Design question: Simultaneous connections

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Thread: Design question: Simultaneous connections

  1. #1
    steve adamo Guest

    Default Design question: Simultaneous connections

    Quick question to see if its bad design policy to have 8-12 multiple database connections to an Access database at one time.<BR><BR>I have a mesage board that make several connections during its varous stages of validation, inserting, updating, etc. At the end of my code i close the connection to the database thereby closing the previous connections, but have always wondered if there were some way for me to close the connections inside my code before reaching the end.<BR><BR>Thanks for any advice!

  2. #2
    Join Date
    Dec 1969

    Default *ONE* connection per ASP page...

    There is *NEVER* a reason to make more than one connection per page, per database. I did *not* say per table. I said per *database*.<BR><BR>Every open connection eats up tons of resources, both in the ASP side *and* on the database side. So don&#039;t use one connection more than you absolutely need.<BR><BR>And 99.9% of the time that means one per ASP page. Period.<BR><BR>

  3. #3
    RDM Guest

    Default Hmmmm...

    I&#039;ve actually run some timing tests in Win2k IIS 5.0 and found something interesting. I found a considerable performance increase when I created the objects, ran the DB tasks (select,inserts, updates, etc...), closed the connection, and destroyed the objects for each and every DB tasks. This was faster than creating one connection object and using it for all db tasks in that same page then destroying the connection. <BR><BR>For testing purposes I create a loop to execute the same stored procedure 100 times. One test created the objects, established the connection, closed the connection, and destroyed the objects.<BR>Then performed the same test moving this outside the loop. I did this same test with several different db tasks and it all performed the same.<BR><BR>I argued against this practice with our webmaster as the overhead didn&#039;t seem to make sense. But, this test along with others proved me wrong...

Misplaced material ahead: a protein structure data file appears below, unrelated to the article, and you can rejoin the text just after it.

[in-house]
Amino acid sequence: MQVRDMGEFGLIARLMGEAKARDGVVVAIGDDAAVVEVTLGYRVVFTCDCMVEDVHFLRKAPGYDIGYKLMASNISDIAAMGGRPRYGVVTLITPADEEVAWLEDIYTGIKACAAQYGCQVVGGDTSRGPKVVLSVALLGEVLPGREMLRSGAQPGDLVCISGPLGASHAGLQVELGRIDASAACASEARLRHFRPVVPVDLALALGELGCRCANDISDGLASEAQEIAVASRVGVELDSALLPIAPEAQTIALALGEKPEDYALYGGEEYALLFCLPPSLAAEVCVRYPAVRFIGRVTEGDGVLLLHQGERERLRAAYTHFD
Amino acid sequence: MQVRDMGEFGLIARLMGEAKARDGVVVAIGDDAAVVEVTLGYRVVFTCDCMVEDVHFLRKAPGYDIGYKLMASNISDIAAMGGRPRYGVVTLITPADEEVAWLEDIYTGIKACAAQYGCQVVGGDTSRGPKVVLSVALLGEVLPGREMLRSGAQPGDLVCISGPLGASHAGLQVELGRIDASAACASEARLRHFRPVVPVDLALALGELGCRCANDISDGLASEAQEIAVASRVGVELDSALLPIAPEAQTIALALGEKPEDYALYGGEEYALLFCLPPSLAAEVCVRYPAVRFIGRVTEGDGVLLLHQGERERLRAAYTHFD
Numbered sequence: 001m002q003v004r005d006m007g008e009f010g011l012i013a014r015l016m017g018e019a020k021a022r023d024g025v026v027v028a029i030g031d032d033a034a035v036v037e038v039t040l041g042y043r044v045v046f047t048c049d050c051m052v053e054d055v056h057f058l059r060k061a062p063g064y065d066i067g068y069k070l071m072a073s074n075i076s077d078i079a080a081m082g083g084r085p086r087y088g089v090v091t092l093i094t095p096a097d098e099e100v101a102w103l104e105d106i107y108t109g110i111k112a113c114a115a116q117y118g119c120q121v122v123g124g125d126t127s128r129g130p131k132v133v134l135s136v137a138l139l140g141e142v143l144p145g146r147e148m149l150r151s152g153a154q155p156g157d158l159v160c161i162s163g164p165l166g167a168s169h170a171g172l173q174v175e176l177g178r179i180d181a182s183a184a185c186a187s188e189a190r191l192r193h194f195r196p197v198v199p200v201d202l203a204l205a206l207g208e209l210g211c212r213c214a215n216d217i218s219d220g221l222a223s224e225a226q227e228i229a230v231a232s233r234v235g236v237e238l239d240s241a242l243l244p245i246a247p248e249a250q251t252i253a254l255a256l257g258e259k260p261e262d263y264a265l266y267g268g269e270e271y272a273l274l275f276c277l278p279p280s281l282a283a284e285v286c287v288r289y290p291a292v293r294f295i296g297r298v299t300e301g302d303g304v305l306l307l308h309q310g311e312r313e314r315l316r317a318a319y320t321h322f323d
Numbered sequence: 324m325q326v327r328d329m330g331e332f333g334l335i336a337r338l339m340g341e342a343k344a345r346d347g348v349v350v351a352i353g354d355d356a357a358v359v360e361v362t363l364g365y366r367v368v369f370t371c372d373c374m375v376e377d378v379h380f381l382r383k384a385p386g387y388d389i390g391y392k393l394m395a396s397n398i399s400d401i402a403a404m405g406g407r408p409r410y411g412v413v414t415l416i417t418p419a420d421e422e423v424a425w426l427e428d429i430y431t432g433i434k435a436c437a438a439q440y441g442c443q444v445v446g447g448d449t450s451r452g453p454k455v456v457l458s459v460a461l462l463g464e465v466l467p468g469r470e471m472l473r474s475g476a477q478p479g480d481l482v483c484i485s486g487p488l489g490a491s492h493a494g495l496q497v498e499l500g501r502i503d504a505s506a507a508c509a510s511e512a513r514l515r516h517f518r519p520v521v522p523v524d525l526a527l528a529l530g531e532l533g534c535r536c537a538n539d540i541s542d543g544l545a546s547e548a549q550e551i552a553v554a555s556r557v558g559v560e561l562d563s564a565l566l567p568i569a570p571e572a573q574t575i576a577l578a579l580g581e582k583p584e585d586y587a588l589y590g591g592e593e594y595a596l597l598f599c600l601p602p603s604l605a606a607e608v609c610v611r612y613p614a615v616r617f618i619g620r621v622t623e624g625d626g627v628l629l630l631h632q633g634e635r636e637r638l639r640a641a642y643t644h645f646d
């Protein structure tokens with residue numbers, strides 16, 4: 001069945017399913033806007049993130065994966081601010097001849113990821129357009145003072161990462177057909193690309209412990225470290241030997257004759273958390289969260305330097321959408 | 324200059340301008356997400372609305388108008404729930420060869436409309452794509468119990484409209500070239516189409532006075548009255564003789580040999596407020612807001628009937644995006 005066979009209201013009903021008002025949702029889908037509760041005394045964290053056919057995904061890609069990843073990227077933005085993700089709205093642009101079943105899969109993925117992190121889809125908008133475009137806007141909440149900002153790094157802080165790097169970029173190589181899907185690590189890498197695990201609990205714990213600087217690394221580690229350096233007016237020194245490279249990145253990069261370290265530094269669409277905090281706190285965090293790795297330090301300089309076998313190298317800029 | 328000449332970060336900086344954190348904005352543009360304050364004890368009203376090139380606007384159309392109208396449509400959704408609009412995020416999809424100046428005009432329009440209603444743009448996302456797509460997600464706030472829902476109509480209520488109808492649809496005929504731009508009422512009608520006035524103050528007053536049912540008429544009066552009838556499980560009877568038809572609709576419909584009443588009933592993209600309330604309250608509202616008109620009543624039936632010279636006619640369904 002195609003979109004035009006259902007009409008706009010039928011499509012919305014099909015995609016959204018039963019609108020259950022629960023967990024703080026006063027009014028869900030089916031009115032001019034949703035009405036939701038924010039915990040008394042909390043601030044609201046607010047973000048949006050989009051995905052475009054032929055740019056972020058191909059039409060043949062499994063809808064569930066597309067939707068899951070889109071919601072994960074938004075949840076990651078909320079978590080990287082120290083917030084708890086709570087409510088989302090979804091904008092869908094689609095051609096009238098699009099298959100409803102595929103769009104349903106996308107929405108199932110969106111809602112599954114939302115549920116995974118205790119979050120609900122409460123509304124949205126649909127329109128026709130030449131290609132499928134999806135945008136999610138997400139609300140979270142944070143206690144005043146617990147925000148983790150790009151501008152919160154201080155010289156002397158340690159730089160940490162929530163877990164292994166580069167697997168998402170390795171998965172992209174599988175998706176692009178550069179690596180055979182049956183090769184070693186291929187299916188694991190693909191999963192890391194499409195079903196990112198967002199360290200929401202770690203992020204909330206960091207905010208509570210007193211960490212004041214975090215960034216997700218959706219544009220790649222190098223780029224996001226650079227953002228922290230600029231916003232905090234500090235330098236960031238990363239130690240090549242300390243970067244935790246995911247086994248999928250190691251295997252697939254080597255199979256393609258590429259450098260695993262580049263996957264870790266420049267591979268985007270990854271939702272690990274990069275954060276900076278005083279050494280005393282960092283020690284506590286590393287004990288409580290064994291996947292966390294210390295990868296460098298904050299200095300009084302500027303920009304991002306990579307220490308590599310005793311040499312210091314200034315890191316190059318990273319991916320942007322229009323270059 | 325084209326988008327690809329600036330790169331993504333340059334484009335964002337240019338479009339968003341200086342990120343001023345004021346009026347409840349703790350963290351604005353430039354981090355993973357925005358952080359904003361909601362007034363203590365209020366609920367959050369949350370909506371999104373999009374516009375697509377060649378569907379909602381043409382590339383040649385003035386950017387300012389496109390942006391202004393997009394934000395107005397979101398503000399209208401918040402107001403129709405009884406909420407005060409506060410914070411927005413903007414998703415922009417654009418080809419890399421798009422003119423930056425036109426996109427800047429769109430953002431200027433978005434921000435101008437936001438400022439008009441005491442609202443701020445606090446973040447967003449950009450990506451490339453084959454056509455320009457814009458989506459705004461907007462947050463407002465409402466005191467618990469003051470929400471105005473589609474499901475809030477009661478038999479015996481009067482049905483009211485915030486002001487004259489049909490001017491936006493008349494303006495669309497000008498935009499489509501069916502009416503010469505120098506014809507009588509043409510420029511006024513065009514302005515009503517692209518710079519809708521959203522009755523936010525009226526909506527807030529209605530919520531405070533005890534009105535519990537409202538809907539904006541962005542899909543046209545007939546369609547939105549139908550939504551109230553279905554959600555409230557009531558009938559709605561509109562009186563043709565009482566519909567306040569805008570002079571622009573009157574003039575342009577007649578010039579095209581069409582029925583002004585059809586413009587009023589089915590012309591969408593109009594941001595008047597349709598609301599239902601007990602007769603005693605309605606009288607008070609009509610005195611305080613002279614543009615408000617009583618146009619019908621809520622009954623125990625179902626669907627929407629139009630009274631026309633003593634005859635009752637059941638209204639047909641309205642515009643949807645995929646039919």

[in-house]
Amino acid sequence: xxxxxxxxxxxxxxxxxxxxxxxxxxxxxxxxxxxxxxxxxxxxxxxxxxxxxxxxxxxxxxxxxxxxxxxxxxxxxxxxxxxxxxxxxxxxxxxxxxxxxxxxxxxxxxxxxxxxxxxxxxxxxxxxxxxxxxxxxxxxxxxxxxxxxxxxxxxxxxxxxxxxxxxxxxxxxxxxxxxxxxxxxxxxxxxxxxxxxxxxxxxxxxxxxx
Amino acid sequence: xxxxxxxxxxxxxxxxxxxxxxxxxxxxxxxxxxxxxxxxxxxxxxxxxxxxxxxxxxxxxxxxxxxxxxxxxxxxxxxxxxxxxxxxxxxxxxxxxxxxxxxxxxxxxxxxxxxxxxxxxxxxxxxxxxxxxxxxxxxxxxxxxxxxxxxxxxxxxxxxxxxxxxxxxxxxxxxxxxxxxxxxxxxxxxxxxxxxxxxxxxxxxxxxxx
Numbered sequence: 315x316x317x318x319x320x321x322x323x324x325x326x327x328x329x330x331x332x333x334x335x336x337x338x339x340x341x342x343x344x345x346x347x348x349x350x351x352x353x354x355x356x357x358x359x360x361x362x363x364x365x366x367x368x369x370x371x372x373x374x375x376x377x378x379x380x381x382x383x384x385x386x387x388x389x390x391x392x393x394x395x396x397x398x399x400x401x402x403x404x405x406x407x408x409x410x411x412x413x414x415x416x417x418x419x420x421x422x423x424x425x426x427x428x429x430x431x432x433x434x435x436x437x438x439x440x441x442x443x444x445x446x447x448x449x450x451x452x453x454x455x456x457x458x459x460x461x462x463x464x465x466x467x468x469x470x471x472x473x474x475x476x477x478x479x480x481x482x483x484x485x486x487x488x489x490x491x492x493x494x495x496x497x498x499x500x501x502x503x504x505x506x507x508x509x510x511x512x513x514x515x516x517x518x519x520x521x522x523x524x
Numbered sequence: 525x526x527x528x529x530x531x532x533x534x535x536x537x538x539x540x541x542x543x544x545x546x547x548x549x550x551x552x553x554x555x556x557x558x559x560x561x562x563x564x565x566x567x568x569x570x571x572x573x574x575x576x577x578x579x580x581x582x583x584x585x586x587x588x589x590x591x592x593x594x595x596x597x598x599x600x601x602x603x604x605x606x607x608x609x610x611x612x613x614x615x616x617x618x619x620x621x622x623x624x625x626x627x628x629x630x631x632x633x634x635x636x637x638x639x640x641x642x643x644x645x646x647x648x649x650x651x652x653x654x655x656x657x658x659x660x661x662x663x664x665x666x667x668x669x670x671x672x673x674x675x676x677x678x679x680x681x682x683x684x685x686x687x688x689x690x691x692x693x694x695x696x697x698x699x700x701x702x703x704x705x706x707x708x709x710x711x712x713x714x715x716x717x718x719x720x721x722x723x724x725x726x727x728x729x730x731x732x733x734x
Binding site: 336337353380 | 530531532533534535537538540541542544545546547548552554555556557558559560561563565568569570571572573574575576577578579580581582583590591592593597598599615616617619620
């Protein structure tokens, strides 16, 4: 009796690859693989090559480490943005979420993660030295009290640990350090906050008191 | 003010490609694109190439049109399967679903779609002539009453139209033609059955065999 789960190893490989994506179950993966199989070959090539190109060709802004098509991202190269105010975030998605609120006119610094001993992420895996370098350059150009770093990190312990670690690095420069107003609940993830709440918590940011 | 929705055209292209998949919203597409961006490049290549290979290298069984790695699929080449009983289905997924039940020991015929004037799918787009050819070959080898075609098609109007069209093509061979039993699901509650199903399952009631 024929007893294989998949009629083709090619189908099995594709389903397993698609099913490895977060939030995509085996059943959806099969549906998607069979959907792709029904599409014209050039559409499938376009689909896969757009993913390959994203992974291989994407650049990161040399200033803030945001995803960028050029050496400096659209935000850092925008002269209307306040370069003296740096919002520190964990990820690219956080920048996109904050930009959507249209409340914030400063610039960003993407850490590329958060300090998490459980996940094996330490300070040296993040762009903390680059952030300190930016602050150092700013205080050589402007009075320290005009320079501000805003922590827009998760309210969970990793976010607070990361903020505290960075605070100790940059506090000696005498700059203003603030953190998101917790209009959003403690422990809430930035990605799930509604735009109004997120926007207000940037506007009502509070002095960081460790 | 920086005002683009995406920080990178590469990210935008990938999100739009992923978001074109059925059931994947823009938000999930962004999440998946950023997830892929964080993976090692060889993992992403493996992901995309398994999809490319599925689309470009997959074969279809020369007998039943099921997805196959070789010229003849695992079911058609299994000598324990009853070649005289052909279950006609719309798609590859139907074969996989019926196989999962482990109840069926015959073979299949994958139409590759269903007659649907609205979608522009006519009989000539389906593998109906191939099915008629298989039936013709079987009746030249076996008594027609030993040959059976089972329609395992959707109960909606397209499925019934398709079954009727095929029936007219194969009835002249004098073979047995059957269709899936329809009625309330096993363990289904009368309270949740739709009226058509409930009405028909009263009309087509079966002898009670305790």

4. #4
    Join Date
    Dec 1969

    Default A guess...

    By closing the connection, you *told* the system that you didn&#039;t need any of the memory it was holding onto for not only that connection but also for the server-side records that were being cached.<BR><BR>Especially if you were retrieving large record sets, this would make sense.<BR><BR>But... you say "with several different db tasks" ... I am at a loss. <BR><BR>Well, if you were wrong and I am wrong, then there&#039;s a heluva lot of other people out there who are wrong!<BR><BR>

  5. #5
    RDM Guest

    Default Well...

    I don&#039;t know if I&#039;m "wrong" or not. But, I did see a performance improvement. I read over some of the Windows DNA information and how IIS processes ADO database access and it seemed to fall in line with destroying connections and objects as soon as possible. I don&#039;t profess to be an expert but these timed tests showed performance I certainly didn&#039;t expect. Perhaps my methods were faulty.<BR>If you get a chance to test it on a Win2k Advanced Server machine, I&#039;d be interested in your results.